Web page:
My conclusion is that so far as “affordable” models ago (as in affordable to a freelancer like me) the tech is just not there at the moment. Not found an affordable model that could operate within something the relatively modest size of an athletics arena, nor shoot a race longer than about 5 mins in reality, using built in options. Seem to be some that can use a USB stick, which would extend shooting time to long, long after the onboard batteries had run out! After that, big long wait while battery recharges, or more cost for extra batteries.

    Someone did suggest I might be able to reincentivise javelin throwers with it, though! And of course, there were concerns about it crashing on people due to tech/signal issues or pilot error.

    I thought I’d come up with a fairly modest real-world use. I will continue to monitor pace of tech change, but it’s really not there yet!

    Tom

    • markbraggins says:

      I haven’t looked at practicalities for specific purposes, Tom, but it makes sense to look at some real-life practicalities as you’ve done here. I’ll do a bit more delving and experimenting as well and will let you now how I get on.

  3. I’ve been looking into this lately and, as a newish multi-rotor pilot, I’ve been amazed by the video quality you can get from a really basic quadcopter, in my case a Hubsan X4, with a removeable battery and microsd card. It doesn’t have all the bells and whistles of GPS and return to home but still could be useful for short aerial coverage of events in reasonable flying conditions. Here’s a video I shot recently. https://www.dropbox.com/s/be6mjlhzbcvu1bp/Quad%201.mp4

  4. Really interesting! So much potential and so much danger.

    I’ve been toying with using this idea to capture footage of events in order to research things like crowd density, attendance figures, attractiveness of various areas etc. Very useful for busy events where a ground eye view can’t see far and count crowds with clickers!

    What about going one further and using facial analysis for emotional measurements? (are people enjoying it?). Could be useful, not too invasive.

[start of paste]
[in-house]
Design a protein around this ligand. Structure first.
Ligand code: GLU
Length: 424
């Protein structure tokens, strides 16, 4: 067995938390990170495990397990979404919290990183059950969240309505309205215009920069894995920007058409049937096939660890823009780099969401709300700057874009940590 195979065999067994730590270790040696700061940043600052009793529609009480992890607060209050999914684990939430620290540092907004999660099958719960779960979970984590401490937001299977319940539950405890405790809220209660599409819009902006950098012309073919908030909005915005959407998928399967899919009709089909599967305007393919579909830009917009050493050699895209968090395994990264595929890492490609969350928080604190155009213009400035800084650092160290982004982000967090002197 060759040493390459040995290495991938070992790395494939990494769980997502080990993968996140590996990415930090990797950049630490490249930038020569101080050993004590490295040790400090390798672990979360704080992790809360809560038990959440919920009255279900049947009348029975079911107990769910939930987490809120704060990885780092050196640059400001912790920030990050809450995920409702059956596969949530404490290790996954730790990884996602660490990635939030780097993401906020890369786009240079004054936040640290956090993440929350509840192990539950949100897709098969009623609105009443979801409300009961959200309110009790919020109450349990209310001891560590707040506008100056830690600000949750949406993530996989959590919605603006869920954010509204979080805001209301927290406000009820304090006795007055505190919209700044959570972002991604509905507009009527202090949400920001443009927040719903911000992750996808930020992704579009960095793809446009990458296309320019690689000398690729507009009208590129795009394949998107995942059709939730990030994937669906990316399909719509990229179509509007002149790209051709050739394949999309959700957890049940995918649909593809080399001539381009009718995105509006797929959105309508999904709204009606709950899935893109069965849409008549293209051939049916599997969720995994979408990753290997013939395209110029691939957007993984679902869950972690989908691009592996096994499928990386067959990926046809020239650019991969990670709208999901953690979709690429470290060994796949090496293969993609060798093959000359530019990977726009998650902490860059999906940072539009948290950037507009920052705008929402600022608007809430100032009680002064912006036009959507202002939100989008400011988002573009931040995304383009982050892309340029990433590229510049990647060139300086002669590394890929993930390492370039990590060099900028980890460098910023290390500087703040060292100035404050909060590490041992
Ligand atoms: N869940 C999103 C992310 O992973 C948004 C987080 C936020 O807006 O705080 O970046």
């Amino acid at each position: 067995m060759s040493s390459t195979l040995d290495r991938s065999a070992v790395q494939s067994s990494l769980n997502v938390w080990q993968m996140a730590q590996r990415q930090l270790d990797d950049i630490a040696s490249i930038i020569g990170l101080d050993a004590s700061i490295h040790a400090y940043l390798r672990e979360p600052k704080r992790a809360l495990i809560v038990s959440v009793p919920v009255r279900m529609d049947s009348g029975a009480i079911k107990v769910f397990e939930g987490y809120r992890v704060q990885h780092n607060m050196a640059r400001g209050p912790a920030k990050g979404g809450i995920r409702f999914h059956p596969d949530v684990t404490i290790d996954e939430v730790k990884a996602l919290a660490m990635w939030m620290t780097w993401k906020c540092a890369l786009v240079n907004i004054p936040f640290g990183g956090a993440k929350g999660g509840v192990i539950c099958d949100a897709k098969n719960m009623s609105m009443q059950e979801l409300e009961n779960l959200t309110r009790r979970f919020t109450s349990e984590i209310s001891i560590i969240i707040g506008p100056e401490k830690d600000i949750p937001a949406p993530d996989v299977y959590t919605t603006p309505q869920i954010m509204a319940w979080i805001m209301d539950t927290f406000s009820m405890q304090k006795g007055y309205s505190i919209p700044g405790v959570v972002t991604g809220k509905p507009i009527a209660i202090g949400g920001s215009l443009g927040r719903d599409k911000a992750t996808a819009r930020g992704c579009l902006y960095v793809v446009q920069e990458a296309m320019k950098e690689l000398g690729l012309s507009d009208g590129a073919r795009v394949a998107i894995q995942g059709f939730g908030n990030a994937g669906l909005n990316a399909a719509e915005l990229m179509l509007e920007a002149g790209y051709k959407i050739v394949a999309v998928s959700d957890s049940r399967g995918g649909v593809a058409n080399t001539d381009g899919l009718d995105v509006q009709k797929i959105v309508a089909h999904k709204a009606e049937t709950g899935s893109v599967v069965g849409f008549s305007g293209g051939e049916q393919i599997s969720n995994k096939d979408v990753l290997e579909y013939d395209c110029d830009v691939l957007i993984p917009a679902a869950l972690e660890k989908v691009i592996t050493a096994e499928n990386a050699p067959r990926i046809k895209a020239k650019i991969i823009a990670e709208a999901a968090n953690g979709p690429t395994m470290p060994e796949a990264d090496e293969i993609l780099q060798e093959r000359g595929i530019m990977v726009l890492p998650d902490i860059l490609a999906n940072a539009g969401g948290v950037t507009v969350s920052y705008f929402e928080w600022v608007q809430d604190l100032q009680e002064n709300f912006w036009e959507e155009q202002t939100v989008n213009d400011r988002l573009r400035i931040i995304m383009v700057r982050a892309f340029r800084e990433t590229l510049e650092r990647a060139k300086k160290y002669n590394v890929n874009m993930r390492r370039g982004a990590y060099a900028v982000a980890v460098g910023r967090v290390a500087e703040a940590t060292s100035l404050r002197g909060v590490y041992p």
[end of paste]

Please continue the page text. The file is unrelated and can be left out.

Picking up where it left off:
What about merging that with other photographs and facial databases to identify who attended? Oh wait that might be too far :D. But it’s easy to get carried away into this kind of outrageous territory!

    Lot’s of legal aspects too – CAA guidelines have all sorts of regulations about distance from buildings, the need for a permit for surveillance work and even pilot qualifications! And now prosecutions!: http://www.theguardian.com/world/2014/apr/02/uk-first-drone-conviction

    Followed link from BlueLightCamp to this – hope the event goes well. Definitely do a session on this!! ;oD

    • Yeah Jono the current CAA rules specifically prohibit filming:

      a) over or within 150 metres of any congested area;

      b) over or within 150 metres of an organised open-air assembly of more than 1,000 persons;

      c) within 50 metres of any vessel, vehicle or structure which is not under the control of the person in charge of the aircraft; or

      d) subject to paragraphs (3) and (4), within 50 metres of any person

      without the specific permission of the CAA although there is some talk of it being OK if you have ‘control’ of those persons in the model aircraft regs.

      • jonopatterson says:

        That’s useful Mel – it really is an unknown territory for our team so all bits of guidance and legal requirements help!

        I’ve decided it’s an idea worth pursuing though so have drafted a brief this week to see if we can do it at one of the local festivals in July. Should be interesting!

  5. markbraggins says:

    Hi Mel and John,
    I don’t know if you spotted Simon Orr’s post over on the BlueLightCamp blog: http://bluelightcamp.org.uk/bluelightcamp-the-drones-are-coming/
    He’s been through the formal training process with the CAA, and intends to bring his drones to BlueLightCamp next weekend (subject to Southampton Air Traffic Control approval)
    cheers, mark